Tips on how to be a good wingman this homecoming

Although FAMU doesn’t have an official fall break, each year, the last week in October unofficially serves as our first semester spring break. When homecoming hits “the Hill,” people from all over the country flock to Tallahassee for this one event. 

Like most Rattlers, I too have visitors coming in town for the week’s festivities. I’ve been at FAMU for four plus years (super senior) and this will be the first time that my best friends from Delaware are attending. 

Now at any event, the general rule is “the more the merrier.” All week, friends will populate parties, concerts, clubs and other functions in groups of four, five, and on special occasions like this, even in bundles of 7 to 10. 

Moving in big groups is normally a good thing, except for when it comes to the opposite sex. When your group of six meets a group of the opposite sex, naturally, everyone is silently deciding which person they find the most attractive. Since I’ve been in college, I have yet to walk into a club and see a group of women where each one looked like Beyoncè—never. Which means, fellas, somebody in your group is going to have to be satisfied with Kelly and someone is going to get stuck with Michelle.  

Unfortunately ladies, the same goes for you.  

When you and your girlfriends get approached by a group of gentlemen at the bar, it’s highly unlikely that each one will resemble Idris Elba or Trey Songz. 

This is where the problem arises, but luckily there is an easy solution—teamwork.  

At a very young age, most of us have been taught, either by a teacher or sports coach, that it is important to work as a team. And that’s what you and your friends are when you go out, a team.  

In basketball, Paul Pierce can’t catch an “alley-oop” without a pass from Rajon Rondo. In football, Adrian Peterson can’t run for an 80-yard touchdown without an excellent block from Anthony Herrera. When going out, your team must function in the same manner—working together to help each other succeed. 

This is why the “wingman” is so important. If you have more than one “player” on your team fighting over who has dibs on who, you’ll lose the attention of the other group and everybody goes home unhappy. The wingman’s job is to help the other members of the team make a connection with someone from the other group—doing so as discreetly as possible.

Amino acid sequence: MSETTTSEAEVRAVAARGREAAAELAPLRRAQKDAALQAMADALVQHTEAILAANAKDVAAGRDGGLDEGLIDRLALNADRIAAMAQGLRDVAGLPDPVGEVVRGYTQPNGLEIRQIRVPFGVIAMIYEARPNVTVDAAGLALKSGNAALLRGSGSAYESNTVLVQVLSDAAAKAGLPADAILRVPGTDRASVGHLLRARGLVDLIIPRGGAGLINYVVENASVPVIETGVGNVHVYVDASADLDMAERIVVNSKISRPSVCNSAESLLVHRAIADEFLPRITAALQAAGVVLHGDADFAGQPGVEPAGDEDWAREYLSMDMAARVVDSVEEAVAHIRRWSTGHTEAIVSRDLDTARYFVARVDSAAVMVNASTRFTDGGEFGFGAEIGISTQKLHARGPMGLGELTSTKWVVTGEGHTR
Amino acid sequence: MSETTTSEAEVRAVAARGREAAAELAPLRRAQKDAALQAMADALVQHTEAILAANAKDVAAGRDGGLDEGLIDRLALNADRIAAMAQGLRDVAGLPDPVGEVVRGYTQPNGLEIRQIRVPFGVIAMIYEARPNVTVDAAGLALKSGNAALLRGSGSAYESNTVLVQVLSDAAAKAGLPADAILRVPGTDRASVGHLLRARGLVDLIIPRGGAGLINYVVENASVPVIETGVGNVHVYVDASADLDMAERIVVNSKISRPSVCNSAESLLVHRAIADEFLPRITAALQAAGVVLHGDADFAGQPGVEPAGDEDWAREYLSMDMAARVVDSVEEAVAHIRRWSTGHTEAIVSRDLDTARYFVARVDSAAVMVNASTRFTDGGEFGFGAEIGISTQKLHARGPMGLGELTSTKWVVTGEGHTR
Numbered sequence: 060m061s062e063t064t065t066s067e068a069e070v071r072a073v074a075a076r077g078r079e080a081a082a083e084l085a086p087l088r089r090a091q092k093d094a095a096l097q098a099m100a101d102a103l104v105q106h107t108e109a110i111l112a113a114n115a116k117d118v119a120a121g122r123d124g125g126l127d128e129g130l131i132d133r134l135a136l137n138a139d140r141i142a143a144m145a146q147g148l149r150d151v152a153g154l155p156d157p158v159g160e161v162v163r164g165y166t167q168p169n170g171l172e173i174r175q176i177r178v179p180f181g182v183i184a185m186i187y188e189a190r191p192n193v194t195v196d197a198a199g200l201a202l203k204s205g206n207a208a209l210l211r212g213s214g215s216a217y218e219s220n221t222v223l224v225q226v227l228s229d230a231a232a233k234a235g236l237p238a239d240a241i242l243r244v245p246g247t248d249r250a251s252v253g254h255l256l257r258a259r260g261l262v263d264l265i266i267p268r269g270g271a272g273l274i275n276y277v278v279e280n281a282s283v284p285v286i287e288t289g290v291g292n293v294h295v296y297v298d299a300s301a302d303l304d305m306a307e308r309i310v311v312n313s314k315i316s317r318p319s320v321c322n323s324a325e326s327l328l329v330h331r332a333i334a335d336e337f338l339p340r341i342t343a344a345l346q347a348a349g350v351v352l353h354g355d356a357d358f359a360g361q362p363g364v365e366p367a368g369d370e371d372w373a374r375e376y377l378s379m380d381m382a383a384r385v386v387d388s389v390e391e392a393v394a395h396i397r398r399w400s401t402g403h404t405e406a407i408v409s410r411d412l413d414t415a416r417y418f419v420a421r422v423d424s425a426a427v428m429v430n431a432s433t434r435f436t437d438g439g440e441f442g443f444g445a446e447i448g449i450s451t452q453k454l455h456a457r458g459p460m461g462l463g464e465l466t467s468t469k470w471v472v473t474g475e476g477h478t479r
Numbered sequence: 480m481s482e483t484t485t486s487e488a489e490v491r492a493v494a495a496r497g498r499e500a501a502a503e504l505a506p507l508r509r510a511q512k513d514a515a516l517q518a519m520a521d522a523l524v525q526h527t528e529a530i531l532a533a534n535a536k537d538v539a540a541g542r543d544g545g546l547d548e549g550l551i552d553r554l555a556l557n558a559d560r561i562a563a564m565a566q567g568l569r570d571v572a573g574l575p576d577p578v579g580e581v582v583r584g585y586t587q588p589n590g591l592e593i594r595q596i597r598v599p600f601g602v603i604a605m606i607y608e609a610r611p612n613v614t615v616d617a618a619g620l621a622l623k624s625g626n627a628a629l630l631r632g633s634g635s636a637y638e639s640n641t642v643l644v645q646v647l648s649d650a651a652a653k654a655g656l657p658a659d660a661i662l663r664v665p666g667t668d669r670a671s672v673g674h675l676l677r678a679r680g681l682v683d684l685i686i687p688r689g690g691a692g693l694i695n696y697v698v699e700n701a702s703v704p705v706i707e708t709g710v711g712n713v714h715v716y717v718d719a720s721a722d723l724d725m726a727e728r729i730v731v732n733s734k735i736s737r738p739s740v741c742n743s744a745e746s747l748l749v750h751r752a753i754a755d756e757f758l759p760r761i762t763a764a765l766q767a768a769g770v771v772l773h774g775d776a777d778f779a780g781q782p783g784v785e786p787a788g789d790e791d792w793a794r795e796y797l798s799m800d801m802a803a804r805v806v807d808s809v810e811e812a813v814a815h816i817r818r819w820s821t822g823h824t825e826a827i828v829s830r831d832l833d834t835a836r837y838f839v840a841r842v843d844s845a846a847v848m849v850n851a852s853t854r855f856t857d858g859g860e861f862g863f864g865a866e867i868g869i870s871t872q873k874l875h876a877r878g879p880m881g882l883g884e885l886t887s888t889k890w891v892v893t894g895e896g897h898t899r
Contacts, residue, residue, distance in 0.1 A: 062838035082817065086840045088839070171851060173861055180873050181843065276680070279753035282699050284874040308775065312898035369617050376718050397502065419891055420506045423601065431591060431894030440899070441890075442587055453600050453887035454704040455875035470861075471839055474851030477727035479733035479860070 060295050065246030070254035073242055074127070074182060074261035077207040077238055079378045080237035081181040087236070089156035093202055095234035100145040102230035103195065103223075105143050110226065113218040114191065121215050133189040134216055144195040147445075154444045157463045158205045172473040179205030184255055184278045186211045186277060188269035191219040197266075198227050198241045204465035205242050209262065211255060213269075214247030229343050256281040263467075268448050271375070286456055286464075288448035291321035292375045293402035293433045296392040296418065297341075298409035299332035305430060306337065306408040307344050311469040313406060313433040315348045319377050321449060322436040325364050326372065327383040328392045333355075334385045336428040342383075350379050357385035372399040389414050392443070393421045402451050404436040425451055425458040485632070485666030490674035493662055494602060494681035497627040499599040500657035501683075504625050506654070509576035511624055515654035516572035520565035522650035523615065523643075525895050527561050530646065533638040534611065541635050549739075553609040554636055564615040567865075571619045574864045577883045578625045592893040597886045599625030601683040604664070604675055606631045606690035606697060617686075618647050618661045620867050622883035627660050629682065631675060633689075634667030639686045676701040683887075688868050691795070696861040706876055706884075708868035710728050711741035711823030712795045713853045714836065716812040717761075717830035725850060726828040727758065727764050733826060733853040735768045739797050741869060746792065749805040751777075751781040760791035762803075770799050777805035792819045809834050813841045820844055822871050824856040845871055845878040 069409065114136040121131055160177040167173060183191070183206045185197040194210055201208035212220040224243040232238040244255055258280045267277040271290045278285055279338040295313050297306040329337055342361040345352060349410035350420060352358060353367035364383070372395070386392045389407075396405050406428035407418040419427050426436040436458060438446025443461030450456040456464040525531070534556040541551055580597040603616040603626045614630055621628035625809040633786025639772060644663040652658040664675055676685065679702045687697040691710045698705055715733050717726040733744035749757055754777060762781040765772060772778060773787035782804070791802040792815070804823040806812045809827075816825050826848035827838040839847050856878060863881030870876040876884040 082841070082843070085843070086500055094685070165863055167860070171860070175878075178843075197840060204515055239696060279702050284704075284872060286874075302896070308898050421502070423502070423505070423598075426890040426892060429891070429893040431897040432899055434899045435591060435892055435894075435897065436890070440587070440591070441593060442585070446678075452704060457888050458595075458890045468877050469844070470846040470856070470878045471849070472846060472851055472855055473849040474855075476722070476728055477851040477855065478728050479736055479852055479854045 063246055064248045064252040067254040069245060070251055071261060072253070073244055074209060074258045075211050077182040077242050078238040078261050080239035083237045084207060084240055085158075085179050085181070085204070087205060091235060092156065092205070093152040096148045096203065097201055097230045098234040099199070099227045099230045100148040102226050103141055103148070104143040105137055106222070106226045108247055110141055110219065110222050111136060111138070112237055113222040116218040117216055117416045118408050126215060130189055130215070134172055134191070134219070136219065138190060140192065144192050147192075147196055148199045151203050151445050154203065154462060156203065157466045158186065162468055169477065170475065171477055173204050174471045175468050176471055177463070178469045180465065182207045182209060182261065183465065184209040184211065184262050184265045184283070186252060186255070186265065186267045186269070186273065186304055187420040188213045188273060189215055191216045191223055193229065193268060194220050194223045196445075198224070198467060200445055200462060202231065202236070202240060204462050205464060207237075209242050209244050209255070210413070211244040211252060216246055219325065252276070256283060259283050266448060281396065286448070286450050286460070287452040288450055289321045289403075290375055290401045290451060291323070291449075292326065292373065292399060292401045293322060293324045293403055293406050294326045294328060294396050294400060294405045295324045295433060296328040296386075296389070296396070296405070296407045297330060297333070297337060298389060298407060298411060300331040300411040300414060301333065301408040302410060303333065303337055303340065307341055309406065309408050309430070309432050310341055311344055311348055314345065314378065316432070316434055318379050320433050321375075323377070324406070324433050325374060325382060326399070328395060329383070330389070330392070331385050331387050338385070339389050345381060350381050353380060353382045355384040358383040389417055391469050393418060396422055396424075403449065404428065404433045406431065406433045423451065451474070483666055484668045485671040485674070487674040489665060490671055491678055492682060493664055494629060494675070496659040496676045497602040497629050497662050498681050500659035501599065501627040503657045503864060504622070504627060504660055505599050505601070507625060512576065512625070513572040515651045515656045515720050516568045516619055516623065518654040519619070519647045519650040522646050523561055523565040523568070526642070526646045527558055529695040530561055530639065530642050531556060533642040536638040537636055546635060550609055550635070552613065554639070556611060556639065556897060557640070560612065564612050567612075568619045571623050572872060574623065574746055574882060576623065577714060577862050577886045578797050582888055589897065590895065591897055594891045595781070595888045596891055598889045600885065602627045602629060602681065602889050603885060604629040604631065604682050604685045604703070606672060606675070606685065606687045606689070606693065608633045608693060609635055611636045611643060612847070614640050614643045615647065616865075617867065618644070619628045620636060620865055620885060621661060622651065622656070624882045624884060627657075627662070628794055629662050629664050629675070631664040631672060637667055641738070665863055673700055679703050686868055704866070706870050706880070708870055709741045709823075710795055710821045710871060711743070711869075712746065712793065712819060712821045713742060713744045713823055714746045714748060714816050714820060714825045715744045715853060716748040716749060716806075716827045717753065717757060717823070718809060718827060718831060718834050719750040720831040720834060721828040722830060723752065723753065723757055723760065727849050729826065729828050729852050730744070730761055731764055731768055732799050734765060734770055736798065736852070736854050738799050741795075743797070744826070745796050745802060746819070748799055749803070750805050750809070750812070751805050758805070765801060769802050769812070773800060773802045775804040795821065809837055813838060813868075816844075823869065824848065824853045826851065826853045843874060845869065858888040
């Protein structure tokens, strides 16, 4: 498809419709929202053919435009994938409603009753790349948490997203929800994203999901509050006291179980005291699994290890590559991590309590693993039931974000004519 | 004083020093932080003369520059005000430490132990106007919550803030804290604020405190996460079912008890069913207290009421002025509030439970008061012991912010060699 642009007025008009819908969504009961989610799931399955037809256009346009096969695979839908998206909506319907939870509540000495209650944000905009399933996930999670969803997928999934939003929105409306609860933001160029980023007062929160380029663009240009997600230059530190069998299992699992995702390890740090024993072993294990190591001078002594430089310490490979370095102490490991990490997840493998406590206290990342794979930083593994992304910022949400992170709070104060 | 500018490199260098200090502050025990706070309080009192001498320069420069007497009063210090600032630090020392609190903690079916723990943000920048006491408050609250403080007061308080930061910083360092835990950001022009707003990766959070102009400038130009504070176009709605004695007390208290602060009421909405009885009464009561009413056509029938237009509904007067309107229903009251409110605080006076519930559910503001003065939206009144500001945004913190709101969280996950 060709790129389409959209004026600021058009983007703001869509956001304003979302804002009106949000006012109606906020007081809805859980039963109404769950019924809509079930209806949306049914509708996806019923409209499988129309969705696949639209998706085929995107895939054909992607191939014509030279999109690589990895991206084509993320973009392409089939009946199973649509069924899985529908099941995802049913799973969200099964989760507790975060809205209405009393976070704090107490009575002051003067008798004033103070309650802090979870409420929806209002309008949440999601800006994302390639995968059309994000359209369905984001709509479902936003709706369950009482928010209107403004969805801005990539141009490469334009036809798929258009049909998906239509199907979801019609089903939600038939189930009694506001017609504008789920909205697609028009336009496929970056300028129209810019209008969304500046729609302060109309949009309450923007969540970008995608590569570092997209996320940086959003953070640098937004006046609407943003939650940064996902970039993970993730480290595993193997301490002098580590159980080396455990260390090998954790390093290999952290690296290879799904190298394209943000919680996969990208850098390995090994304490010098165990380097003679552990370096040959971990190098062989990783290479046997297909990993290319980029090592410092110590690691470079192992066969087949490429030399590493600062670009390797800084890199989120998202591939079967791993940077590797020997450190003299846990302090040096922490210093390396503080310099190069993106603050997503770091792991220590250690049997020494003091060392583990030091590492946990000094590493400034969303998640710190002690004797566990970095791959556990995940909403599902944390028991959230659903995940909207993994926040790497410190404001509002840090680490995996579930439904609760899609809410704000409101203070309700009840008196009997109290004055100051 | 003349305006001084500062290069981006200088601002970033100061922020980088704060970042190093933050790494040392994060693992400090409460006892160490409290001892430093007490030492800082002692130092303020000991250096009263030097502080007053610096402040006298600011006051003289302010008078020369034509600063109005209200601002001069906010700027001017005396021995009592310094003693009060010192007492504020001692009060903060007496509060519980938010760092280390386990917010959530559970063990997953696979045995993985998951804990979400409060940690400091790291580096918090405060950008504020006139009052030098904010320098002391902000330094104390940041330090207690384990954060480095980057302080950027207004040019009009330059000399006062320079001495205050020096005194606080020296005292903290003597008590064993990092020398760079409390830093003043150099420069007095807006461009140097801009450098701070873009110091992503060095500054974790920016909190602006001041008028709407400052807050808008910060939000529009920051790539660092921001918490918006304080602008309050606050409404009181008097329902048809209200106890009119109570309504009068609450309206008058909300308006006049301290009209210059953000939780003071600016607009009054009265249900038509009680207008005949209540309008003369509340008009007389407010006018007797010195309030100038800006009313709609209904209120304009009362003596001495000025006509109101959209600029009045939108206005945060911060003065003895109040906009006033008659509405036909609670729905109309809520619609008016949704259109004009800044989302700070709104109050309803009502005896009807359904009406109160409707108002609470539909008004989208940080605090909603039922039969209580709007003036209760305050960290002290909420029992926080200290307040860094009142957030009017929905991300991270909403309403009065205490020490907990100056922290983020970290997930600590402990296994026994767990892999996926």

For example, last week when I went out, I was talking to an attractive young lady whose phone number I knew I was going to secure. Like I thought, she offered me her number and I saved it in my phone—or at least what she thought was “my” phone. What the young lady didn’t know is that my phone had died earlier that evening (due to excessive tweeting) and I had to borrow my wingman’s cell phone just in case she offered me her number. Without an “assist” from my wingman, I probably wouldn’t have “scored” that night.  

Now that was an easy one. There are also more delicate situations that require wingmen to be both observant and capable of defusing connection-breaking situations.  

For example, many times there is that one pessimist in a group that doesn’t want anybody talking to any of her friends. Whether it’s because she’s not getting any attention herself or simply because she wants to go home to be with her boyfriend—the “obstacle friend” often creates a problem for the team.  

It also makes it easier for the “star player” to interact with the target if her friends are also having fun. This is where a good wingman is needed.  

Before the obstacle friend has a chance to be Mutombo and block the connection your group member is trying to make, you need to distract her at all costs. Put on your best smile and engage her in small conversation. You know, “What’s your name?”  “Where are you from?”—the usual conversation starters. If your teammate still isn’t finished, this is when you have to put on your best Denzel performance by pretending to be interested in her. Start off with compliments—stuff like “I really like that purple animal print on your dress,” or “…in this light, I couldn’t even tell that you had on a lace-front.”  Trust me, if she has the audacity to have it on, she won’t take it as an insult. Now if your friend still isn’t done, swallow your pride and exchange numbers with the young lady. At this point, you’ve more than fulfilled your duties as wingman and your friend owes you. 

Now just because you’re the wingman at one party doesn’t mean you’re obligated to be at the next one. The most successful teams alternate positions. One night you might be Derek Fisher and another you’ll be Kobe, going for a career-high 81 points.